Gov. Nathan Deal’s administration is making it clear it has no intention of backfilling federal funding if Washington’s government shutdown grinds on in coming weeks.
If the shutdown persists, state agencies will have to start making decisions this week about whether they have the money to continue paying state workers whose positions are at least partially funded through federal contracts or grants.
Deal’s budget director, Teresa MacCartney, sent state agencies a memo Friday detailing how state government would deal with the shutdown, letting officials know they would not get additional federal funds to operate their programs. It could mean furloughs of state employees who are paid at least in part with federal funding.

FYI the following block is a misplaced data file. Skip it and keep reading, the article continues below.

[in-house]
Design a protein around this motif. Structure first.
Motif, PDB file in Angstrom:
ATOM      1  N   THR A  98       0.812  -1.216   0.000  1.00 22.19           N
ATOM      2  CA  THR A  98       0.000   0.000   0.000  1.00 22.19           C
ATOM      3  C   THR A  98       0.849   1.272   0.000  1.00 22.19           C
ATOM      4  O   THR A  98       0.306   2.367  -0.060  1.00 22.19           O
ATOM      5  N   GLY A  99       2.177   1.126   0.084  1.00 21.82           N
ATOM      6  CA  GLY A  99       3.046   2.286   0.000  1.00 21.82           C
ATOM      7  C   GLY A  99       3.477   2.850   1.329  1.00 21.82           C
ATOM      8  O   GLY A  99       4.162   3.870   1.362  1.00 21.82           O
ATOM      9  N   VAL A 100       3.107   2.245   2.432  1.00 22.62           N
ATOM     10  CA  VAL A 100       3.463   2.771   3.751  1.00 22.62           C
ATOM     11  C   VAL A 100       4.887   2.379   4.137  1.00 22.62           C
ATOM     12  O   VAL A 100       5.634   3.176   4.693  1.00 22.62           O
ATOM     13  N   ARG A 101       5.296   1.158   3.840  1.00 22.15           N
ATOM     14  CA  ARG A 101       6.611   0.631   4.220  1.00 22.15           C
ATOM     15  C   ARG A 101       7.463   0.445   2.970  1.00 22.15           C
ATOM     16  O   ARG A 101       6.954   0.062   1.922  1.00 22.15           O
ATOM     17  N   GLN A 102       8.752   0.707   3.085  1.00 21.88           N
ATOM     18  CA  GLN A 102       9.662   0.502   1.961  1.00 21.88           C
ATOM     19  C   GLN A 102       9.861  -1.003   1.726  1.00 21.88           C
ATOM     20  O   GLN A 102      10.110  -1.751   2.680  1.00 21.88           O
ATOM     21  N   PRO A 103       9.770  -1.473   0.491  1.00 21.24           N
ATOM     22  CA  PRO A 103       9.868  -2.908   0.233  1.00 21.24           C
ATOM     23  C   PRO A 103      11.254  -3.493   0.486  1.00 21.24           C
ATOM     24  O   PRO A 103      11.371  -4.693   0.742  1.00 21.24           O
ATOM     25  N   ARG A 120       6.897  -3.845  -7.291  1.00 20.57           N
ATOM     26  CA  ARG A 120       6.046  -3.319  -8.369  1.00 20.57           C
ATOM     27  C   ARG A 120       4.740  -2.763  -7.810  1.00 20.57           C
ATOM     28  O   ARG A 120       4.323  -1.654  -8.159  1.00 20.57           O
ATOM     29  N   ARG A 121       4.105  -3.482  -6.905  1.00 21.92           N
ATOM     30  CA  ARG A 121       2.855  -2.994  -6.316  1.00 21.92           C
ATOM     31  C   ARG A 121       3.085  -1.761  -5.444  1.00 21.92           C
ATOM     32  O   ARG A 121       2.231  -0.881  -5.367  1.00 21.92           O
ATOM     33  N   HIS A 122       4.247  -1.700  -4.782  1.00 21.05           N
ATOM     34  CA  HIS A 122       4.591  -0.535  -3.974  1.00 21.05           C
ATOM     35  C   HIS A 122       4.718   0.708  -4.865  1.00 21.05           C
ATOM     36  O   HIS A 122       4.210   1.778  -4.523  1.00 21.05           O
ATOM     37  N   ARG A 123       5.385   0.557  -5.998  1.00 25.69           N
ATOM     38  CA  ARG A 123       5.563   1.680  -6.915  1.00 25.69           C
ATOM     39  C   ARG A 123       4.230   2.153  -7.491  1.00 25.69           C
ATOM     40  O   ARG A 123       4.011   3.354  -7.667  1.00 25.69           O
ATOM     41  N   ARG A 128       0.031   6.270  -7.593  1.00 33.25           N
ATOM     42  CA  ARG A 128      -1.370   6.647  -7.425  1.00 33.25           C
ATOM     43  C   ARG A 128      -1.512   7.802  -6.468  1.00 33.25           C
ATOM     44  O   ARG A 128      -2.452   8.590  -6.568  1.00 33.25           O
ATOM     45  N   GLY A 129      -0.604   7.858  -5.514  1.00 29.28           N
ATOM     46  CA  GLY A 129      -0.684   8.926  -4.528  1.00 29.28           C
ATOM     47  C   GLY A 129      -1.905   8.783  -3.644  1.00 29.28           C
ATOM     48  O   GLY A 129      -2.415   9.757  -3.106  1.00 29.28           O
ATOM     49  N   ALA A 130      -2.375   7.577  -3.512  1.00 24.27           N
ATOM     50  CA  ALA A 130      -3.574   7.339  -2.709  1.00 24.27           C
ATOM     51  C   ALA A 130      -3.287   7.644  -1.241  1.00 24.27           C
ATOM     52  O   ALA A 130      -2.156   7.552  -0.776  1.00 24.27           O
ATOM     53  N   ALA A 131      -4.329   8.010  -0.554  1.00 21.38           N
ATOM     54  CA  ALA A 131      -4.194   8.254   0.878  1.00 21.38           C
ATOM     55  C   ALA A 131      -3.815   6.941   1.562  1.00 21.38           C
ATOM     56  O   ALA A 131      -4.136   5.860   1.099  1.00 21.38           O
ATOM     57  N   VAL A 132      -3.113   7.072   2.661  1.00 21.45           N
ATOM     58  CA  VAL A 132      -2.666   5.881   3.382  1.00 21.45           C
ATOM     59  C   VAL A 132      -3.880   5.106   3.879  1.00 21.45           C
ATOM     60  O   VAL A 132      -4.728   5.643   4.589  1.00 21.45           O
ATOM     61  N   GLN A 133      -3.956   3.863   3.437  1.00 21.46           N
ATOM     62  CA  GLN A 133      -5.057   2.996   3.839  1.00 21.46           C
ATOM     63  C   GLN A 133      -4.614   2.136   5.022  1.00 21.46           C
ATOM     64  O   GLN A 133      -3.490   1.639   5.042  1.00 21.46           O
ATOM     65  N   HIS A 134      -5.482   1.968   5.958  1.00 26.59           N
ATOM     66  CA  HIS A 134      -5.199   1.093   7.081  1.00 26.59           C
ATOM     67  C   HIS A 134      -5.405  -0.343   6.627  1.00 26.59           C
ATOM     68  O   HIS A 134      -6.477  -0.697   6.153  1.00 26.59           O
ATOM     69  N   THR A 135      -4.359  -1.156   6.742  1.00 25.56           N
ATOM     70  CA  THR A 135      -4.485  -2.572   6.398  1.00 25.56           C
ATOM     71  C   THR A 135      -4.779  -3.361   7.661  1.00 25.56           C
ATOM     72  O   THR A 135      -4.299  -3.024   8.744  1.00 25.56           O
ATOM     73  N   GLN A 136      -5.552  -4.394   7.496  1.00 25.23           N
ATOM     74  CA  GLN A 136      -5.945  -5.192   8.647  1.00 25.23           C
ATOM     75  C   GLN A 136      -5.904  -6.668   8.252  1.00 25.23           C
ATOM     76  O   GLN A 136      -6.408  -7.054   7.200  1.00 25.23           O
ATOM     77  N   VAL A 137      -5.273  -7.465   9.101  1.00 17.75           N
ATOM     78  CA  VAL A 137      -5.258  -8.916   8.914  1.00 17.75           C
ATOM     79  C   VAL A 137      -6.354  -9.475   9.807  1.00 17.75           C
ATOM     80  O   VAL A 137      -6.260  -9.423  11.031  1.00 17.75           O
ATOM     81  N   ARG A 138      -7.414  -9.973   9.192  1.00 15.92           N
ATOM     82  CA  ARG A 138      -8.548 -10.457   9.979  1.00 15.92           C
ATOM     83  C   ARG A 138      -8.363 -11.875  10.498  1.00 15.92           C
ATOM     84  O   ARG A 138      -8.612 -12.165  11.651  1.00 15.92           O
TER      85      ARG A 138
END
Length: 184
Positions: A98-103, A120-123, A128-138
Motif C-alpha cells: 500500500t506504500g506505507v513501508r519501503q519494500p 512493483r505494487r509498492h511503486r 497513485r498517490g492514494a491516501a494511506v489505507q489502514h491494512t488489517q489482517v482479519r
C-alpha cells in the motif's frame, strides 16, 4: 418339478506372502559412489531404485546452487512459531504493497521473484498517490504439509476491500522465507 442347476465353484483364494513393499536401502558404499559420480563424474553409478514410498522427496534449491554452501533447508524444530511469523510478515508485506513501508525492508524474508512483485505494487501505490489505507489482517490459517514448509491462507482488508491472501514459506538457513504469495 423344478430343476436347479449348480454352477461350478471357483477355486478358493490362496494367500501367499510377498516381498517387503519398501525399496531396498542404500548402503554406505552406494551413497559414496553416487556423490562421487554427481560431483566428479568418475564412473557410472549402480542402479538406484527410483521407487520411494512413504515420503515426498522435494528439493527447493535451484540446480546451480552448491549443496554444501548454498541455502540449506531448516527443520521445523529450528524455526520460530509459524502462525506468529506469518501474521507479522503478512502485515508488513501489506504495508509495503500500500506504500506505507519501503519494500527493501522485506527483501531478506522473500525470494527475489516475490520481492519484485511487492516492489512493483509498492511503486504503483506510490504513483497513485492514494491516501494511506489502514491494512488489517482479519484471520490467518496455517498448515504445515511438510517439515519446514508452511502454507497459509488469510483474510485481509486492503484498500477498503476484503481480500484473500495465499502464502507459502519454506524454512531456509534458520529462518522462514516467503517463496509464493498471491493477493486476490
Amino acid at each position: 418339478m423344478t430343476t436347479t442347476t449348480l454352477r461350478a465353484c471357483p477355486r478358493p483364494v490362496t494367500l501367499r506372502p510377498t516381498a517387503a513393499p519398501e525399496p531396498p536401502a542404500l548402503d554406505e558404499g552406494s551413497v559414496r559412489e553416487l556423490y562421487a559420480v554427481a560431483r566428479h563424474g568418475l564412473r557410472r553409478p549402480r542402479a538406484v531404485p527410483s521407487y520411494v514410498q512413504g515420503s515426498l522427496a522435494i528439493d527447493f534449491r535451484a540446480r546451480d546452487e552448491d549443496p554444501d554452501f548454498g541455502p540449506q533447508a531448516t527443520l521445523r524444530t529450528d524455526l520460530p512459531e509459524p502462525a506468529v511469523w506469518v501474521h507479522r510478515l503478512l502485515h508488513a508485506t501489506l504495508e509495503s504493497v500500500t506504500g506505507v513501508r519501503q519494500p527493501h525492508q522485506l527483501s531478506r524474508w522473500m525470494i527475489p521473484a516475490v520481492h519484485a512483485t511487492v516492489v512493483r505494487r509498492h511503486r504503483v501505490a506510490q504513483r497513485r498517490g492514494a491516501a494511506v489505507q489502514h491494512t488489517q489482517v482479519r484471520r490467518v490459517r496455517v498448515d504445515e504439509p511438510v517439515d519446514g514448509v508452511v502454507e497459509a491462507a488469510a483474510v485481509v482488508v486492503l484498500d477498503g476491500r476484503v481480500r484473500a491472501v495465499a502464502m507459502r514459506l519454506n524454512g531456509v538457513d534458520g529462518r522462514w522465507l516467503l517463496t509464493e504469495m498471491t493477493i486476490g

“For federal funds approved under a previous continuing resolution or fiscal year, reimbursements may be slowed as the federal government may be unable to process requests,” she wrote, “As a result, your agency must be prepared to curtail federal activities to meet available funds.
“The state will not be able to advance allotments to offset reduced federal cash flow. Additionally, your agency should not assume that funds expended for federal activities conducted during the shutdown will be reimbursed by the state or the federal government once the budget is enacted.”
The federal government foots the bill for roughly two-thirds of the cost of Medicaid, the health care program for more than 1.5 million of Georgia’s poor, disabled and nursing home residents. Many other state agencies rely on at least some federal funding as well.
Officials in the governor’s office have also raised concerns over funding for PeachCare, ahealth insurance program for children. They are concerned about delays in reauthorizing the program.
The program, which covers 9 million children nationally, has been one of the issues at the center of the government shutdown debate in Congress.